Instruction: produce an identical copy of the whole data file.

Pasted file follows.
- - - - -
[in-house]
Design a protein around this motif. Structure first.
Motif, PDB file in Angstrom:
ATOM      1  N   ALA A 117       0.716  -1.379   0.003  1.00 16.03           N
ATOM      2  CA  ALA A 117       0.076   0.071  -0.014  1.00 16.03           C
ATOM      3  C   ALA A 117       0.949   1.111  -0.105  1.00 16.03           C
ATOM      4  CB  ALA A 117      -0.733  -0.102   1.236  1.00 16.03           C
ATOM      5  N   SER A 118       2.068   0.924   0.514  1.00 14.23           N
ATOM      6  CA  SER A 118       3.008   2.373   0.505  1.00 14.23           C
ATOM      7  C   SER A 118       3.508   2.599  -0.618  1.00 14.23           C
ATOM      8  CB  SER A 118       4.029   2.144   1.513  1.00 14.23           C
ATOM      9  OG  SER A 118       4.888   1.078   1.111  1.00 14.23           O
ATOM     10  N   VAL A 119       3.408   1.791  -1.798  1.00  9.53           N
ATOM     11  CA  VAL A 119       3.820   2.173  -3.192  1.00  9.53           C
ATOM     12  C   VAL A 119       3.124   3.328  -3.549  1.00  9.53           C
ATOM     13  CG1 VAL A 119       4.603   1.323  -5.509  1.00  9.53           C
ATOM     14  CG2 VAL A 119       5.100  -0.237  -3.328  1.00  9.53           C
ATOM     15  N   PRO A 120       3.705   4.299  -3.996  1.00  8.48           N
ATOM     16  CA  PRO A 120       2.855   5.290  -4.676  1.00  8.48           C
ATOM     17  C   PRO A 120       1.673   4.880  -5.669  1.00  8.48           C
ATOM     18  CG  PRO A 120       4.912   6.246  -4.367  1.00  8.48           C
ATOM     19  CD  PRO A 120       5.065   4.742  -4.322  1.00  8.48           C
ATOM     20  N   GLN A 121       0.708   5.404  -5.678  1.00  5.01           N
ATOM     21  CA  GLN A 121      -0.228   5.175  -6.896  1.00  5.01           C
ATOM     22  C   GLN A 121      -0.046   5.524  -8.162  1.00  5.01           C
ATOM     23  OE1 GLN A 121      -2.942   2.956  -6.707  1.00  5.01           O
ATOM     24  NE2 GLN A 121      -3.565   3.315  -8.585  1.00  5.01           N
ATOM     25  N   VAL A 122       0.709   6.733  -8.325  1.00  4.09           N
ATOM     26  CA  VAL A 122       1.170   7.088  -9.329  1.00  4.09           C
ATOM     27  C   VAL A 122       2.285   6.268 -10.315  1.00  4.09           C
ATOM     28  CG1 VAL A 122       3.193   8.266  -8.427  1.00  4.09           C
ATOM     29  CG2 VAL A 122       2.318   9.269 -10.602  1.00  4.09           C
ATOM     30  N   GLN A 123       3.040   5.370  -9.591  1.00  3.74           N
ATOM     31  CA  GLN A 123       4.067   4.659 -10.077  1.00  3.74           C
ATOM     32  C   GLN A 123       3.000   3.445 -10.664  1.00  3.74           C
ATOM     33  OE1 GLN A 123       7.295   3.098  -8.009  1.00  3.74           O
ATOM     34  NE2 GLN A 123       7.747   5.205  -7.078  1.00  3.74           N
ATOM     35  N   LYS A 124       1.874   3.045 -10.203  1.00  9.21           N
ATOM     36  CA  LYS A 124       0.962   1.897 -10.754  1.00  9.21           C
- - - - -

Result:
[in-house]
Design a protein around this motif. Structure first.
Motif, PDB file in Angstrom:
ATOM      1  N   ALA A 117       0.716  -1.379   0.003  1.00 16.03           N
ATOM      2  CA  ALA A 117       0.076   0.071  -0.014  1.00 16.03           C
ATOM      3  C   ALA A 117       0.949   1.111  -0.105  1.00 16.03           C
ATOM      4  CB  ALA A 117      -0.733  -0.102   1.236  1.00 16.03           C
ATOM      5  N   SER A 118       2.068   0.924   0.514  1.00 14.23           N
ATOM      6  CA  SER A 118       3.008   2.373   0.505  1.00 14.23           C
ATOM      7  C   SER A 118       3.508   2.599  -0.618  1.00 14.23           C
ATOM      8  CB  SER A 118       4.029   2.144   1.513  1.00 14.23           C
ATOM      9  OG  SER A 118       4.888   1.078   1.111  1.00 14.23           O
ATOM     10  N   VAL A 119       3.408   1.791  -1.798  1.00  9.53           N
ATOM     11  CA  VAL A 119       3.820   2.173  -3.192  1.00  9.53           C
ATOM     12  C   VAL A 119       3.124   3.328  -3.549  1.00  9.53           C
ATOM     13  CG1 VAL A 119       4.603   1.323  -5.509  1.00  9.53           C
ATOM     14  CG2 VAL A 119       5.100  -0.237  -3.328  1.00  9.53           C
ATOM     15  N   PRO A 120       3.705   4.299  -3.996  1.00  8.48           N
ATOM     16  CA  PRO A 120       2.855   5.290  -4.676  1.00  8.48           C
ATOM     17  C   PRO A 120       1.673   4.880  -5.669  1.00  8.48           C
ATOM     18  CG  PRO A 120       4.912   6.246  -4.367  1.00  8.48           C
ATOM     19  CD  PRO A 120       5.065   4.742  -4.322  1.00  8.48           C
ATOM     20  N   GLN A 121       0.708   5.404  -5.678  1.00  5.01           N
ATOM     21  CA  GLN A 121      -0.228   5.175  -6.896  1.00  5.01           C
ATOM     22  C   GLN A 121      -0.046   5.524  -8.162  1.00  5.01           C
ATOM     23  OE1 GLN A 121      -2.942   2.956  -6.707  1.00  5.01           O
ATOM     24  NE2 GLN A 121      -3.565   3.315  -8.585  1.00  5.01           N
ATOM     25  N   VAL A 122       0.709   6.733  -8.325  1.00  4.09           N
ATOM     26  CA  VAL A 122       1.170   7.088  -9.329  1.00  4.09           C
ATOM     27  C   VAL A 122       2.285   6.268 -10.315  1.00  4.09           C
ATOM     28  CG1 VAL A 122       3.193   8.266  -8.427  1.00  4.09           C
ATOM     29  CG2 VAL A 122       2.318   9.269 -10.602  1.00  4.09           C
ATOM     30  N   GLN A 123       3.040   5.370  -9.591  1.00  3.74           N
ATOM     31  CA  GLN A 123       4.067   4.659 -10.077  1.00  3.74           C
ATOM     32  C   GLN A 123       3.000   3.445 -10.664  1.00  3.74           C
ATOM     33  OE1 GLN A 123       7.295   3.098  -8.009  1.00  3.74           O
ATOM     34  NE2 GLN A 123       7.747   5.205  -7.078  1.00  3.74           N
ATOM     35  N   LYS A 124       1.874   3.045 -10.203  1.00  9.21           N
ATOM     36  CA  LYS A 124       0.962   1.897 -10.754  1.00  9.21           C